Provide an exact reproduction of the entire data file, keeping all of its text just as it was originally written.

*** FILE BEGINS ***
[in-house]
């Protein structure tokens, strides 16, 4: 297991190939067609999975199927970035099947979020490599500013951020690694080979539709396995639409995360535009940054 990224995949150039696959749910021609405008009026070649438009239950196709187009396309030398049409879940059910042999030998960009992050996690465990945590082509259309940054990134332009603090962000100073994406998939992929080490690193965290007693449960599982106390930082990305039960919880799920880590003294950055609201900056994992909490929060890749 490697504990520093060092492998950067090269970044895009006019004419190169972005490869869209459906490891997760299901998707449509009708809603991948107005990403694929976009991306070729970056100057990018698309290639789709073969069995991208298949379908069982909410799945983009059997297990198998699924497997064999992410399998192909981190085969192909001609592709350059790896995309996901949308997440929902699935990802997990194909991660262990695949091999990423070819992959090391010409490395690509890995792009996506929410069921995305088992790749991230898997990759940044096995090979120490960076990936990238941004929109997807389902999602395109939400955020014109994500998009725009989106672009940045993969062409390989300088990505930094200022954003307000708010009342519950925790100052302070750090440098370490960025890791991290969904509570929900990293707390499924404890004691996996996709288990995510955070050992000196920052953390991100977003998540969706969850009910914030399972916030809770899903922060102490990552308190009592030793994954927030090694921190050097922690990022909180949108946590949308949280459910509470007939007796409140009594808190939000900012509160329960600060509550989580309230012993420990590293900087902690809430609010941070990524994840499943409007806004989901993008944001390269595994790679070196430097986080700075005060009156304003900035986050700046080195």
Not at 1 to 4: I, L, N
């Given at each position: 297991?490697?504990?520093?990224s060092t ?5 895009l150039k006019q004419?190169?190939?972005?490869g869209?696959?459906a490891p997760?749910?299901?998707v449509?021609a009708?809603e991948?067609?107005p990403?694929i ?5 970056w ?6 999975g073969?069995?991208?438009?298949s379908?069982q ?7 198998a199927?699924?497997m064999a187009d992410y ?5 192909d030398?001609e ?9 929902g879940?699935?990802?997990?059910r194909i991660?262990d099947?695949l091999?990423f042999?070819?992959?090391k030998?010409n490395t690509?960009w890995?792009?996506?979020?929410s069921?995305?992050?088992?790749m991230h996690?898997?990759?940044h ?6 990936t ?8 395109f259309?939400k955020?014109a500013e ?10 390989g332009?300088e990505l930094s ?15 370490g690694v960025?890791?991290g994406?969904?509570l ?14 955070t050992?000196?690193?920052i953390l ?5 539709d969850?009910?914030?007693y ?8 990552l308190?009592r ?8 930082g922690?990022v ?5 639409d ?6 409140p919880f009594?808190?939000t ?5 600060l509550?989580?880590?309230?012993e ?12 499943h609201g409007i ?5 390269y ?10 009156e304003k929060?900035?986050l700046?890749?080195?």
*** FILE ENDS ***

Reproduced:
[in-house]
């Protein structure tokens, strides 16, 4: 297991190939067609999975199927970035099947979020490599500013951020690694080979539709396995639409995360535009940054 990224995949150039696959749910021609405008009026070649438009239950196709187009396309030398049409879940059910042999030998960009992050996690465990945590082509259309940054990134332009603090962000100073994406998939992929080490690193965290007693449960599982106390930082990305039960919880799920880590003294950055609201900056994992909490929060890749 490697504990520093060092492998950067090269970044895009006019004419190169972005490869869209459906490891997760299901998707449509009708809603991948107005990403694929976009991306070729970056100057990018698309290639789709073969069995991208298949379908069982909410799945983009059997297990198998699924497997064999992410399998192909981190085969192909001609592709350059790896995309996901949308997440929902699935990802997990194909991660262990695949091999990423070819992959090391010409490395690509890995792009996506929410069921995305088992790749991230898997990759940044096995090979120490960076990936990238941004929109997807389902999602395109939400955020014109994500998009725009989106672009940045993969062409390989300088990505930094200022954003307000708010009342519950925790100052302070750090440098370490960025890791991290969904509570929900990293707390499924404890004691996996996709288990995510955070050992000196920052953390991100977003998540969706969850009910914030399972916030809770899903922060102490990552308190009592030793994954927030090694921190050097922690990022909180949108946590949308949280459910509470007939007796409140009594808190939000900012509160329960600060509550989580309230012993420990590293900087902690809430609010941070990524994840499943409007806004989901993008944001390269595994790679070196430097986080700075005060009156304003900035986050700046080195």
Not at 1 to 4: I, L, N
């Given at each position: 297991?490697?504990?520093?990224s060092t ?5 895009l150039k006019q004419?190169?190939?972005?490869g869209?696959?459906a490891p997760?749910?299901?998707v449509?021609a009708?809603e991948?067609?107005p990403?694929i ?5 970056w ?6 999975g073969?069995?991208?438009?298949s379908?069982q ?7 198998a199927?699924?497997m064999a187009d992410y ?5 192909d030398?001609e ?9 929902g879940?699935?990802?997990?059910r194909i991660?262990d099947?695949l091999?990423f042999?070819?992959?090391k030998?010409n490395t690509?960009w890995?792009?996506?979020?929410s069921?995305?992050?088992?790749m991230h996690?898997?990759?940044h ?6 990936t ?8 395109f259309?939400k955020?014109a500013e ?10 390989g332009?300088e990505l930094s ?15 370490g690694v960025?890791?991290g994406?969904?509570l ?14 955070t050992?000196?690193?920052i953390l ?5 539709d969850?009910?914030?007693y ?8 990552l308190?009592r ?8 930082g922690?990022v ?5 639409d ?6 409140p919880f009594?808190?939000t ?5 600060l509550?989580?880590?309230?012993e ?12 499943h609201g409007i ?5 390269y ?10 009156e304003k929060?900035?986050l700046?890749?080195?």